International Journal of Biomedicine.2019;9 Suppl_1:S20-S20.
Originally published June 29, 2019
Background: Single-molecule fluorescence microscopy studies can reveal conformational changes in proteins, help to find their stable states and to investigate transitions kinetics. The major advantage of this method is the possibility to show the heterogeneity of the properties within the ensemble. Single molecules can be observed in two different ways: in solution, where they can freely diffuse, and immobilized on the surface. The latter allows to significantly increase the observation time of the molecule.
Methods: Single-molecule fluorescence measurements were performed using microscope LSM780, Carl Zeiss at MIPT. Quartz slides were cleaned, passivated with polyethylene glycol (PEG), and coated with streptavidin. Biotin conjugated samples were introduced into the sample chamber and allowed to bind to the streptavidin-coated surface, after which unbound molecules were washed away with PBS. The two membrane systems were sampled in this work: nanodiscs and liposomes.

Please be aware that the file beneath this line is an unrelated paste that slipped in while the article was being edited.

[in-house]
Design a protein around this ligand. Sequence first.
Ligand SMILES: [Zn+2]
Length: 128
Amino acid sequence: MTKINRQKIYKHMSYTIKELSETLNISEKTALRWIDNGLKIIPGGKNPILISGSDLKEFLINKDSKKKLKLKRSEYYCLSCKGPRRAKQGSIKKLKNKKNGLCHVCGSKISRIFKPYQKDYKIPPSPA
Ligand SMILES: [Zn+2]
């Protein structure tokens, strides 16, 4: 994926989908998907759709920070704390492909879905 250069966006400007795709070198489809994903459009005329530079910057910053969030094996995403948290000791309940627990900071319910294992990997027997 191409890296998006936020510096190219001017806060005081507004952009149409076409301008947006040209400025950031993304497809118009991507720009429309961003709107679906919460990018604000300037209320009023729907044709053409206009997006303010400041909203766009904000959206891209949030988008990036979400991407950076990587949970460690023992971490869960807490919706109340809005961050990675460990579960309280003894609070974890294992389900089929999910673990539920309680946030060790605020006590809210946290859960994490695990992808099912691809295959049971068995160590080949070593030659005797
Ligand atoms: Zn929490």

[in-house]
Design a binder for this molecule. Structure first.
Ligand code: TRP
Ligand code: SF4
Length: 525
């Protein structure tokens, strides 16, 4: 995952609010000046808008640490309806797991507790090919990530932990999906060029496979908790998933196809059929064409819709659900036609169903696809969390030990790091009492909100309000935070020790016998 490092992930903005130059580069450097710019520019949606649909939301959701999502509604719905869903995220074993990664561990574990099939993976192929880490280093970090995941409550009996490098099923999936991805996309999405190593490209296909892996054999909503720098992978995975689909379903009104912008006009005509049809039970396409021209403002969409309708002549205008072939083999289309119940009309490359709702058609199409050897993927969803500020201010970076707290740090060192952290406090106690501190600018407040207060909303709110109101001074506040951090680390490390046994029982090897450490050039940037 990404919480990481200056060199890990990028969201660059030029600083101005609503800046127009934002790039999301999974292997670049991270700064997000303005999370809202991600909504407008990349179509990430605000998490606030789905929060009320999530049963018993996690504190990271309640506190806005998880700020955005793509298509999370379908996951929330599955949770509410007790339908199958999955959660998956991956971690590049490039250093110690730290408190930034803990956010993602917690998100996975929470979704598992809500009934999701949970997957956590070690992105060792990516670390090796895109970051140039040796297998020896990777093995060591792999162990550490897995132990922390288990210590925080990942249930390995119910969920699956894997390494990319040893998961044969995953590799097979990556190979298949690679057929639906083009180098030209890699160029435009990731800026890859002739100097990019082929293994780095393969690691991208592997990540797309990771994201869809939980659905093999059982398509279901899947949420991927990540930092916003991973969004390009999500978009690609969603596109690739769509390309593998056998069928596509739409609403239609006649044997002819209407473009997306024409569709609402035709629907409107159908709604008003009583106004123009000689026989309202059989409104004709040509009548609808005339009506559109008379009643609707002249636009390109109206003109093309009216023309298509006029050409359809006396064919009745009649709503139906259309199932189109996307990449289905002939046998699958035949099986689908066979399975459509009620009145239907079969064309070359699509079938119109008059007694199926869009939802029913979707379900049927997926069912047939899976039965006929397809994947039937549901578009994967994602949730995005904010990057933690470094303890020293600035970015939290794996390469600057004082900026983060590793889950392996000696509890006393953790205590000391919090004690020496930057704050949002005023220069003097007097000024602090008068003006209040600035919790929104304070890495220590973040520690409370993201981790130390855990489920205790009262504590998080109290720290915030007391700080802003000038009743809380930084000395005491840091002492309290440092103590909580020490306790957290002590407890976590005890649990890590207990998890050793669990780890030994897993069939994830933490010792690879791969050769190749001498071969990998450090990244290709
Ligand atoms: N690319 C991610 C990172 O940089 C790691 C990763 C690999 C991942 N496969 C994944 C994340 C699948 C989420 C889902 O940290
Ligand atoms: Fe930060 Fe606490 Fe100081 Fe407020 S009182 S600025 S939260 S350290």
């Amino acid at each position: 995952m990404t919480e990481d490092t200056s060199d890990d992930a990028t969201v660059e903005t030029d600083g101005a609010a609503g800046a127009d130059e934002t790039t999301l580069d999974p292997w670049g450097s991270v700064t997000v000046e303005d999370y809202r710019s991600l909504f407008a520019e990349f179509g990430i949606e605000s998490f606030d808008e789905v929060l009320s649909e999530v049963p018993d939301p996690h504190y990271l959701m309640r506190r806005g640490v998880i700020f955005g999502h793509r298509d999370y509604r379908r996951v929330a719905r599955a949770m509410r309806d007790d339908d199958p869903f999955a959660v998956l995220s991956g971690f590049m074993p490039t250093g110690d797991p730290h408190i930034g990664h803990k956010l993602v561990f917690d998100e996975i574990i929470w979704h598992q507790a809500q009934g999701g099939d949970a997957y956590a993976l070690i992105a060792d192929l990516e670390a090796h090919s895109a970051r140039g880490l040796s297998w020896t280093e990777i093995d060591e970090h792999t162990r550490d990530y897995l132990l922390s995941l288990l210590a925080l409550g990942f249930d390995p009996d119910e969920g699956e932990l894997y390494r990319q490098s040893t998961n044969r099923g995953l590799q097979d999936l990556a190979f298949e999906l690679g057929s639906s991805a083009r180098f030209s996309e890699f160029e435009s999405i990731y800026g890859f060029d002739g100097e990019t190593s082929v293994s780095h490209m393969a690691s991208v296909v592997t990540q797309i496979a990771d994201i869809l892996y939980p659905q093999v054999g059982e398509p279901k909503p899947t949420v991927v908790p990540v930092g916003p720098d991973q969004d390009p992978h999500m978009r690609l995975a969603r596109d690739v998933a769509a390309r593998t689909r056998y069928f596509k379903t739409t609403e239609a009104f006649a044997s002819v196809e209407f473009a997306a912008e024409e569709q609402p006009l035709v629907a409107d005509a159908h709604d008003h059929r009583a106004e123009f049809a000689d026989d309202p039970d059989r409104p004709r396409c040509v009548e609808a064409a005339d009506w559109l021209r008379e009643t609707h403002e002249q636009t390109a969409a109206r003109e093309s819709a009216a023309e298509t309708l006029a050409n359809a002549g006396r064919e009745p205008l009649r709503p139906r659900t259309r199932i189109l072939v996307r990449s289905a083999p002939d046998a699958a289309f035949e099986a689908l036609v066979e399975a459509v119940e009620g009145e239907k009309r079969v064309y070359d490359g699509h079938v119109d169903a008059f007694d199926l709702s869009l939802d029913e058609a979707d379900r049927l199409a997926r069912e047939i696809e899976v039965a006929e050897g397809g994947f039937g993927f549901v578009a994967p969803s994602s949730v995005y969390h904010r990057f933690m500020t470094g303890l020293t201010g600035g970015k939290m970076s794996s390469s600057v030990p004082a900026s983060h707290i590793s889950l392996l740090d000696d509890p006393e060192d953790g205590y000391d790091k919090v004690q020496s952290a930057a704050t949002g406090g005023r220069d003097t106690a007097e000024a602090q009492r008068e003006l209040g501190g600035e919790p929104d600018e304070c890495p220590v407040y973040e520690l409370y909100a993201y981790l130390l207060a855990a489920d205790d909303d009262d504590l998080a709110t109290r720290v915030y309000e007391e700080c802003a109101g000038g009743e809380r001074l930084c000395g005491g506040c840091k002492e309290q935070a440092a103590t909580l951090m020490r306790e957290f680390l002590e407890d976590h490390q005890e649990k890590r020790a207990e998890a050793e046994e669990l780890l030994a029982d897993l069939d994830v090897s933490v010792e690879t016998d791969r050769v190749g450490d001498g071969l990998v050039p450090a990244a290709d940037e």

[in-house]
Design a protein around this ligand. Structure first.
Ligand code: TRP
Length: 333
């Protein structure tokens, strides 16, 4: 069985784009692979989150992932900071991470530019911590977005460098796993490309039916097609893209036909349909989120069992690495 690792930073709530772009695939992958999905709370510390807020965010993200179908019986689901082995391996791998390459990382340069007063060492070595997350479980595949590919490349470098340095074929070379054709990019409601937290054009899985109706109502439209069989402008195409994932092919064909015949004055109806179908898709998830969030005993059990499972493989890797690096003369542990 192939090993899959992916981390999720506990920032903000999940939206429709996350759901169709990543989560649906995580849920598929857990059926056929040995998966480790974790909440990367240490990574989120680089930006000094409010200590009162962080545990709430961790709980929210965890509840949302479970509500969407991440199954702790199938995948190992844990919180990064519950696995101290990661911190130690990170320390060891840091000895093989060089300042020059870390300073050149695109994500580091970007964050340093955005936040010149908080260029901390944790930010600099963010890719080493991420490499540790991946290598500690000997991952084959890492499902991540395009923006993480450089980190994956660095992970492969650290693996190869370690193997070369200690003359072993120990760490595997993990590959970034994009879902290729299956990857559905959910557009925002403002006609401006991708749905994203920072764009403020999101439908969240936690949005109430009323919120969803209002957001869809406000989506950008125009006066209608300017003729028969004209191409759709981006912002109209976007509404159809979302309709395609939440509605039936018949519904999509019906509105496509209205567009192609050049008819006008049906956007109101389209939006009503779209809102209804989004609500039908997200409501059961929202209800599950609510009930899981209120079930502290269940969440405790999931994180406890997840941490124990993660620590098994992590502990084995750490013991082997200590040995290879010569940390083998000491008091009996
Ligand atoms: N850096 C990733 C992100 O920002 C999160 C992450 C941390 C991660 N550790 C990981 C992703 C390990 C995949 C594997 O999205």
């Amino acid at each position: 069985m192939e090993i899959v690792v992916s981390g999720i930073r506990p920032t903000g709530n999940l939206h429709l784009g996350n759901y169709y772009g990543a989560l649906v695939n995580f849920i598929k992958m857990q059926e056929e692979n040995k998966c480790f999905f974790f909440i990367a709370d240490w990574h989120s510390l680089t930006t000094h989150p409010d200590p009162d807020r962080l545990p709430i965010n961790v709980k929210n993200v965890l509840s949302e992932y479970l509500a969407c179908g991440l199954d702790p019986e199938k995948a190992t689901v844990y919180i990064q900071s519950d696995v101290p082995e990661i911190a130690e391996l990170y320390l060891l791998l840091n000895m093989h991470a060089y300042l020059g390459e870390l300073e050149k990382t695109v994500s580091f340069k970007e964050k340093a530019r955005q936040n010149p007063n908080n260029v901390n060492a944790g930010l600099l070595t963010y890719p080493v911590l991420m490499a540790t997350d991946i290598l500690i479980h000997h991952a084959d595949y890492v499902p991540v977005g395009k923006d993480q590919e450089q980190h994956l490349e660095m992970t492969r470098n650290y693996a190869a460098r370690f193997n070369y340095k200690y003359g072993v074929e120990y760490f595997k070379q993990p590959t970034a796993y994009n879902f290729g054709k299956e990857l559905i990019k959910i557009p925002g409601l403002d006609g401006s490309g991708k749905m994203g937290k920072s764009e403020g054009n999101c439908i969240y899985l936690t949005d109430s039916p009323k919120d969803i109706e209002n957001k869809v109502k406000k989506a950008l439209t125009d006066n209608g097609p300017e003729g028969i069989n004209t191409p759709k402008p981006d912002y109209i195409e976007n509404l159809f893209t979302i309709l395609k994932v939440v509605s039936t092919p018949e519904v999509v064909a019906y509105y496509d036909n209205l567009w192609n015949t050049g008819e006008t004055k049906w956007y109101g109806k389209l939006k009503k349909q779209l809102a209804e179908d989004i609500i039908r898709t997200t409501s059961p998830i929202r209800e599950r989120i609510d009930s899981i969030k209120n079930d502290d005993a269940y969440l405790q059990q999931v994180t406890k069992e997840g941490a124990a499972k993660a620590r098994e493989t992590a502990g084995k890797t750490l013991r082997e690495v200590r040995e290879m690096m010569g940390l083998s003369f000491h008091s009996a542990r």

Results: In this work, the immobilization protocol have been developed and thoroughly tested. Each layer of the immobilization system has been checked sequentially on specificity. It turned out that streptavidin attaches to the surface covered with 3% biotin-PEG and has free binding sites for biotin-conjugated molecules. Nonspecificity observed when the nanodiscs containing 5% of biotinylated lipids are added to the system. Moreover, the usage of longer biotinylated lipids in nanodiscs does not help. Tests made with liposomes containing 5% of biotinylated lipids showed specific binding. Single-molecule measurements are possible at a concentration about 10pMol.
Conclusion: Attempts to catch a membrane protein were made in this experiment. Unfortunately, nanodiscs immobilization did not show the desired specificity. However, the liposomes look very promising in this context.